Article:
By Terry Oparka
C & G Staff Writer
As part of the recently ratified labor agreement with the UAW, the Chrysler Group announced it would close the Sterling Heights Vehicle Test Center on Metropolitan Parkway.
“It is listed for sale for $7 million,” said Chrysler spokesman Dave Elshoff.
He said that the site, listed as an industrial warehouse, was one of four facilities named for closure under the recently ratified UAW contract. The other facilities slated to close are located in Windsor, in Detroit on Mound and and Van Dyke, and in Plymouth.
The 20 employees at the testing facility site, who are covered under a UAW contract, will be reassigned.
Chrysler announced Nov. 1 that it would eliminate the second shift at the Sterling Heights Assembly Plant during the first quarter of 2008. The Avenger and Sebring are built there.
“We have to move now to adjust the way our company looks and acts to reflect a smaller market,” said Tom LaSorda, vice chairman and president of the Chrysler Group. “That means a cost base that is right-sized and an appropriate level of plant utilization.”
This move will result in a reduction of 1,100 jobs at the SHAP, Elshoff said.
“We are sorry to see it close, but the impact is minimal” on the tax rolls, Sterling Heights City Manager Mark Vanderpool said of the testing facility. He noted that over the past few years, the carmaker has invested $300 million in facilities in the city.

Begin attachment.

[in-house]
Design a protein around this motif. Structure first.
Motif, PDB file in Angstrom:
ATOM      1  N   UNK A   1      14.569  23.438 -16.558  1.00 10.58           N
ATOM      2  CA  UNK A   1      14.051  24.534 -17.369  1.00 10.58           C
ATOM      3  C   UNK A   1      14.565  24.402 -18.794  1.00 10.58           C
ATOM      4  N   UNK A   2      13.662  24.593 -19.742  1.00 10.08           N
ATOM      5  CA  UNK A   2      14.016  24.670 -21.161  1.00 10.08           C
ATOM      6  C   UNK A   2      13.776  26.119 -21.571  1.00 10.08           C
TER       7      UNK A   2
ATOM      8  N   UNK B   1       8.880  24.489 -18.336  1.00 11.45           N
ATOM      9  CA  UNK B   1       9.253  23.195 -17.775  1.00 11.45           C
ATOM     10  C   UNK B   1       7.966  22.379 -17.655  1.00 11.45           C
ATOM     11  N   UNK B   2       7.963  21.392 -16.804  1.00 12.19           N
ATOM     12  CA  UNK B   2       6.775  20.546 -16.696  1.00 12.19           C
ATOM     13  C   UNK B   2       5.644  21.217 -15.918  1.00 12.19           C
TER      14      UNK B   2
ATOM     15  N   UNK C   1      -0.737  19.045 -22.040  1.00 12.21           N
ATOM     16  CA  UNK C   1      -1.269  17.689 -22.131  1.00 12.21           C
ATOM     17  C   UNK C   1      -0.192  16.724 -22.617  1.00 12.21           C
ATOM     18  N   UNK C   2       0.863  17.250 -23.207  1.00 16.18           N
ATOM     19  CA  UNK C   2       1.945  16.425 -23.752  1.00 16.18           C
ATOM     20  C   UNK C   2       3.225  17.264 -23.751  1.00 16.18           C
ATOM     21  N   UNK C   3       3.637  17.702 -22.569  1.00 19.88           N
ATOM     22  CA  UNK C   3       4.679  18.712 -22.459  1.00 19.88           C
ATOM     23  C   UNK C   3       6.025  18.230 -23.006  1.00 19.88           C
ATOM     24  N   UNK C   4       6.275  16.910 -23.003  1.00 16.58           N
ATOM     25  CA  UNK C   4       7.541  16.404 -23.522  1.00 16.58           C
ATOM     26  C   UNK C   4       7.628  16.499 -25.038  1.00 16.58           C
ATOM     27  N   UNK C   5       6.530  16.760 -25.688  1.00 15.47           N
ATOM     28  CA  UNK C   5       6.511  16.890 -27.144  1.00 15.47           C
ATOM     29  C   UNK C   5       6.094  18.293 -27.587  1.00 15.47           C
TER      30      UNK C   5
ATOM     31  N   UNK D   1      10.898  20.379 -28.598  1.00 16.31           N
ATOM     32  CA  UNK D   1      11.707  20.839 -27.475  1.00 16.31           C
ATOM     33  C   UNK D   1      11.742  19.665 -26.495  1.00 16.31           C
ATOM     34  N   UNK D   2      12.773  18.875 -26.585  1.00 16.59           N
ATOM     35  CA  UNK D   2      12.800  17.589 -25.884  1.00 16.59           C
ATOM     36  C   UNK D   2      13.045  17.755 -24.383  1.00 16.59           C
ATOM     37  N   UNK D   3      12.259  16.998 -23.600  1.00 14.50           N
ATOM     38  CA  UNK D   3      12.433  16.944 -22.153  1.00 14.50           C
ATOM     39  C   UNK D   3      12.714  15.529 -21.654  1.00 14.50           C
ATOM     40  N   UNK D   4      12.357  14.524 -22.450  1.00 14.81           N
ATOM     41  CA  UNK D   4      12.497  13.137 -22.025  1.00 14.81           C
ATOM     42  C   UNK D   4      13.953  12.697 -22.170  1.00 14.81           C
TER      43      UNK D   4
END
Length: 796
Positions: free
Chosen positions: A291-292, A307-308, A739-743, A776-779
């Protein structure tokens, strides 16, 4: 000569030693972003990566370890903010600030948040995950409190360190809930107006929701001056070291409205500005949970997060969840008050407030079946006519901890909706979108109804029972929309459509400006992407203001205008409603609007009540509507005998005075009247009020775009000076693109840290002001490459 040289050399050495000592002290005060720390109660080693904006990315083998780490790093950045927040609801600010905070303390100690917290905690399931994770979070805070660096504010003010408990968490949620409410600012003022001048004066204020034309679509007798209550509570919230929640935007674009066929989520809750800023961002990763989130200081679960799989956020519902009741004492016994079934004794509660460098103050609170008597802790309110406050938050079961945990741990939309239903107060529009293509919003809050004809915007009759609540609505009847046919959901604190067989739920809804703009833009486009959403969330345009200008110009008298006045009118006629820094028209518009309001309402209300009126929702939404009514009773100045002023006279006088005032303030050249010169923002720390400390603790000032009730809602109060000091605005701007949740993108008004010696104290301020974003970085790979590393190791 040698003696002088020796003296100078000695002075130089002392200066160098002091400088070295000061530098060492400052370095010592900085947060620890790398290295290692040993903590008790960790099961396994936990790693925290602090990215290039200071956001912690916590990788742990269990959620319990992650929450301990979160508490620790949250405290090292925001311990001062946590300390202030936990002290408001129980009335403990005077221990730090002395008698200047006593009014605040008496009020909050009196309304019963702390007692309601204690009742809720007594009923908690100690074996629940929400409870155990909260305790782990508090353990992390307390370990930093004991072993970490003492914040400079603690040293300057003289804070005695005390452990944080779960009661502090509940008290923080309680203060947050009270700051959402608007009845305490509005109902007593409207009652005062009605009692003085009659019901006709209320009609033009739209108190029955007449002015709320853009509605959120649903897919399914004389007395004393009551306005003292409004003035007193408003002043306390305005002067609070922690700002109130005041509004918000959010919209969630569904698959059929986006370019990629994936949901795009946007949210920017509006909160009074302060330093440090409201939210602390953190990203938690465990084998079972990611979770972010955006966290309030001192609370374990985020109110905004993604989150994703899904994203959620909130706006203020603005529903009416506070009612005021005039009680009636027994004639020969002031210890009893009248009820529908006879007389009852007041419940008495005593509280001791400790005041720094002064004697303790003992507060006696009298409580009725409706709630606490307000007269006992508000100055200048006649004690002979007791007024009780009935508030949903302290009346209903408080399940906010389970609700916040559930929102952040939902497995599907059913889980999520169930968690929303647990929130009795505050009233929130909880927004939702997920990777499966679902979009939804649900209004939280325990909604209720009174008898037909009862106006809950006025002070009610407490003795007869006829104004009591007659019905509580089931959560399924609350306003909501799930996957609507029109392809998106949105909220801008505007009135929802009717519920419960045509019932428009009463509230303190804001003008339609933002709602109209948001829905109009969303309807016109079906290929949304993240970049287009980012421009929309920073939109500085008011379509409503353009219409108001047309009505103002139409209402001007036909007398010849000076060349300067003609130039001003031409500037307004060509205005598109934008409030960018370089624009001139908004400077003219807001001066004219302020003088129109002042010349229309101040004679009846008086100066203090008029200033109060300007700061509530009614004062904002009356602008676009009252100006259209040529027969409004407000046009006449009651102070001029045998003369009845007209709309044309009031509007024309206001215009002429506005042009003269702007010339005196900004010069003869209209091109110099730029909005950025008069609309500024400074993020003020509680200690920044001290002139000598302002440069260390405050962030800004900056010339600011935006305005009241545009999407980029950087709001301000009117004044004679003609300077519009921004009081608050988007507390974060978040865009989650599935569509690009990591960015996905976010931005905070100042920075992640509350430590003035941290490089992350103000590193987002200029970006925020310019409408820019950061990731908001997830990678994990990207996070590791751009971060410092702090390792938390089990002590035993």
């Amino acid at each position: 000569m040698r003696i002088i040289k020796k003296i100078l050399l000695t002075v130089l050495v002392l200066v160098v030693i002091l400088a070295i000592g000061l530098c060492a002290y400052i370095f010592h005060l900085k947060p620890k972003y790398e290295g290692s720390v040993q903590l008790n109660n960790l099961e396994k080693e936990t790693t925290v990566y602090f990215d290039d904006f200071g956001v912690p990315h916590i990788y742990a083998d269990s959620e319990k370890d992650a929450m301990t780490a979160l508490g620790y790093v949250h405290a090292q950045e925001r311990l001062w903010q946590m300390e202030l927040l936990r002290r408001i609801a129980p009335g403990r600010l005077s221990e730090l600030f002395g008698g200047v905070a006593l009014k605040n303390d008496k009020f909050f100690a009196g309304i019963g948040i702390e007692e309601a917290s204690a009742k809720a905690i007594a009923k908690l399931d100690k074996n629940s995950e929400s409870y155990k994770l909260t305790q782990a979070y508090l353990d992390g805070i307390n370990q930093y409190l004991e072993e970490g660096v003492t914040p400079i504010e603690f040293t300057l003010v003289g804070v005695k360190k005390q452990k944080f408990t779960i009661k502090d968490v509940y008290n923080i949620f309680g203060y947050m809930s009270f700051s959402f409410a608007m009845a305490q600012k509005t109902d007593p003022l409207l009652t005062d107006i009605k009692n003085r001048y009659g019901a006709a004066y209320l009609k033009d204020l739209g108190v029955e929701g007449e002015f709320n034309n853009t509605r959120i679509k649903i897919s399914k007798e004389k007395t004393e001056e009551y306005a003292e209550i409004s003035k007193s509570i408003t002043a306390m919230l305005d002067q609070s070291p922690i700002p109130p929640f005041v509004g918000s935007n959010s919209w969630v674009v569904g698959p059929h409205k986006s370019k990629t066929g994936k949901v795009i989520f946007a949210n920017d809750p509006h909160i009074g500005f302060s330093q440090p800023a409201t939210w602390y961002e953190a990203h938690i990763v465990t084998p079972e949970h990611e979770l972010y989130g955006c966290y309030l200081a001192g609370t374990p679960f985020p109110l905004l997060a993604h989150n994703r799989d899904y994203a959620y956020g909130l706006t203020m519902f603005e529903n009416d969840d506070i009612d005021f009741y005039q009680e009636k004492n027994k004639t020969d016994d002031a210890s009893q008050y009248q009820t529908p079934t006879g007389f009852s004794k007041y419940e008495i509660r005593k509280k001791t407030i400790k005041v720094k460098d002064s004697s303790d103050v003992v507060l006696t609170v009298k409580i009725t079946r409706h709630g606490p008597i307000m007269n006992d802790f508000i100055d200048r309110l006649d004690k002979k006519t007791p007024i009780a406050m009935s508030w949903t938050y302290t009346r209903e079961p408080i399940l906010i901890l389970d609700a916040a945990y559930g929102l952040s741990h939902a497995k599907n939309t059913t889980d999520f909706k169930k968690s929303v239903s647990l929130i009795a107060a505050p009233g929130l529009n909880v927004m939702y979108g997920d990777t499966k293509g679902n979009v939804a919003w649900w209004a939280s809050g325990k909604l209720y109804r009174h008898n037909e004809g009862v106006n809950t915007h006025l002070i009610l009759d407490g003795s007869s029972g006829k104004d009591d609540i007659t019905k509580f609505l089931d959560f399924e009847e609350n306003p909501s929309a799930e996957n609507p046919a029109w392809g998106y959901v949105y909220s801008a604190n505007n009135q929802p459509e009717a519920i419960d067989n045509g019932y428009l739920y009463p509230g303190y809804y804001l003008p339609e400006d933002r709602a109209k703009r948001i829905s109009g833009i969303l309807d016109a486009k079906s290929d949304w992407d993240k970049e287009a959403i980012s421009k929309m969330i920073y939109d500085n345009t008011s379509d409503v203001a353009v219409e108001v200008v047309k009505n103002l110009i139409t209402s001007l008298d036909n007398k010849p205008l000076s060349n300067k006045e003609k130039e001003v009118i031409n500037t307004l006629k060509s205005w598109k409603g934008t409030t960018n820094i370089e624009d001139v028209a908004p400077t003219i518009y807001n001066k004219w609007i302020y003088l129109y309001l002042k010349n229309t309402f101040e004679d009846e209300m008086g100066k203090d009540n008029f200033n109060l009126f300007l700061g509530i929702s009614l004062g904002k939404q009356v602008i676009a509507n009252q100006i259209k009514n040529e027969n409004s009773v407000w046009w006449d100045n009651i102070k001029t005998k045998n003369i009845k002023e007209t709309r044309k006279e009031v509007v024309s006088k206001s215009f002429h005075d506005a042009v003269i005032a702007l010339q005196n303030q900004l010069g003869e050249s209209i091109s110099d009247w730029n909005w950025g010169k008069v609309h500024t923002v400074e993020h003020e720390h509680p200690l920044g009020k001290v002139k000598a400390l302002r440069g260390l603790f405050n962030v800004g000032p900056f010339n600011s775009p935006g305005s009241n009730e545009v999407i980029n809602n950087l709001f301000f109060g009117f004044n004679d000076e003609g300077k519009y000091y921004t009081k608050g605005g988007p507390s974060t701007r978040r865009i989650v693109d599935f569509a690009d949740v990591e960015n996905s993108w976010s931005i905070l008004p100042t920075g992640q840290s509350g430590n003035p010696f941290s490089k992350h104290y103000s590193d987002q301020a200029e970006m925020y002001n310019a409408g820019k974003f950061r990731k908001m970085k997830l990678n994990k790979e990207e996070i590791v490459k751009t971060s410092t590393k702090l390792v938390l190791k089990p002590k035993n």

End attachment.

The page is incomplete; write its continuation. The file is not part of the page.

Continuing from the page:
“Chrysler remains committed to the city,” he said.
Chrysler announced plans to invest $38 million for new assembly lines at the Sterling Heights Stamping and Assembly Plants. The City Council recently approved a seven-year, $211,148 tax abatement in support of an $11.25 million distribution facility in the city — a move that will bring 99 jobs.
Vanderpool said that while the city couldn’t control the economic factors that spurred the elimination of the second shift at SHAP, and he feels bad for families that will be affected by the job cuts, 4,000 employees will remain employed at Chrysler in Sterling Heights.
“The economic spin-off on the city is enormous,” he said, adding that Chrysler officials confirmed Nov. 1 that the company was moving forward on the planned investments in city facilities. “The long-term viability is preserved.”
Vanderpool said that Chrysler officials told him that a number of the 1,100 jobs cut will be by attrition and voluntary. “They’re not closing the facility (SHAP). Hopefully, this will pave the way for the second-shift to return,” he said.
City Assessor Matt Schmidt said that total city taxes that the Test Center paid to the city — $26,300 — is less than 1 percent of the total $2.9 million in taxes that Chrysler pays the city on the manufacturing facilities located here.
The value of the 154,224-square-foot test center — valued at just under $5 million with a taxable value of $2.28 million — has not decreased, Schmidt said.
He explained that there was hardly any personal property in the facility, so closing it wouldn’t affect value.
Based on real and personal property, Sterling Heights has the second-highest state equalized value, or assessed property value, in the state, recently edging out Troy for the number two spot, second to Detroit.